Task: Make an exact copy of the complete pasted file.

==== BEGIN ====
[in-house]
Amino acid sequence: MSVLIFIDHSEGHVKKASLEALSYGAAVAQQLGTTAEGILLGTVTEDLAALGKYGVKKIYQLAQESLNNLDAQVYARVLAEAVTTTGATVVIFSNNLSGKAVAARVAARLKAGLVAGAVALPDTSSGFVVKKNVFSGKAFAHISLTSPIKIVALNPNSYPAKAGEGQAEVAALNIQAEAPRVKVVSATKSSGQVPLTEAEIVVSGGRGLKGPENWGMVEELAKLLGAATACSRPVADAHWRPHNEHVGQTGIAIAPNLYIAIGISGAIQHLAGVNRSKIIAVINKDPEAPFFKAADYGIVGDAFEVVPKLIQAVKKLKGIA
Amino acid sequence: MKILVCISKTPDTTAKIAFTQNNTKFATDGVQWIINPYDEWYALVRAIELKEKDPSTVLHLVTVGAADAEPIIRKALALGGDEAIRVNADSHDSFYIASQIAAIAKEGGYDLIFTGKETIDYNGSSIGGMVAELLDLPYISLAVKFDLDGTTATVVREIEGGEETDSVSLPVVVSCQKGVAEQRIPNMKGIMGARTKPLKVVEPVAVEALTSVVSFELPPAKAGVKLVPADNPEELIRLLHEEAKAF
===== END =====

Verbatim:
[in-house]
Amino acid sequence: MSVLIFIDHSEGHVKKASLEALSYGAAVAQQLGTTAEGILLGTVTEDLAALGKYGVKKIYQLAQESLNNLDAQVYARVLAEAVTTTGATVVIFSNNLSGKAVAARVAARLKAGLVAGAVALPDTSSGFVVKKNVFSGKAFAHISLTSPIKIVALNPNSYPAKAGEGQAEVAALNIQAEAPRVKVVSATKSSGQVPLTEAEIVVSGGRGLKGPENWGMVEELAKLLGAATACSRPVADAHWRPHNEHVGQTGIAIAPNLYIAIGISGAIQHLAGVNRSKIIAVINKDPEAPFFKAADYGIVGDAFEVVPKLIQAVKKLKGIA
Amino acid sequence: MKILVCISKTPDTTAKIAFTQNNTKFATDGVQWIINPYDEWYALVRAIELKEKDPSTVLHLVTVGAADAEPIIRKALALGGDEAIRVNADSHDSFYIASQIAAIAKEGGYDLIFTGKETIDYNGSSIGGMVAELLDLPYISLAVKFDLDGTTATVVREIEGGEETDSVSLPVVVSCQKGVAEQRIPNMKGIMGARTKPLKVVEPVAVEALTSVVSFELPPAKAGVKLVPADNPEELIRLLHEEAKAF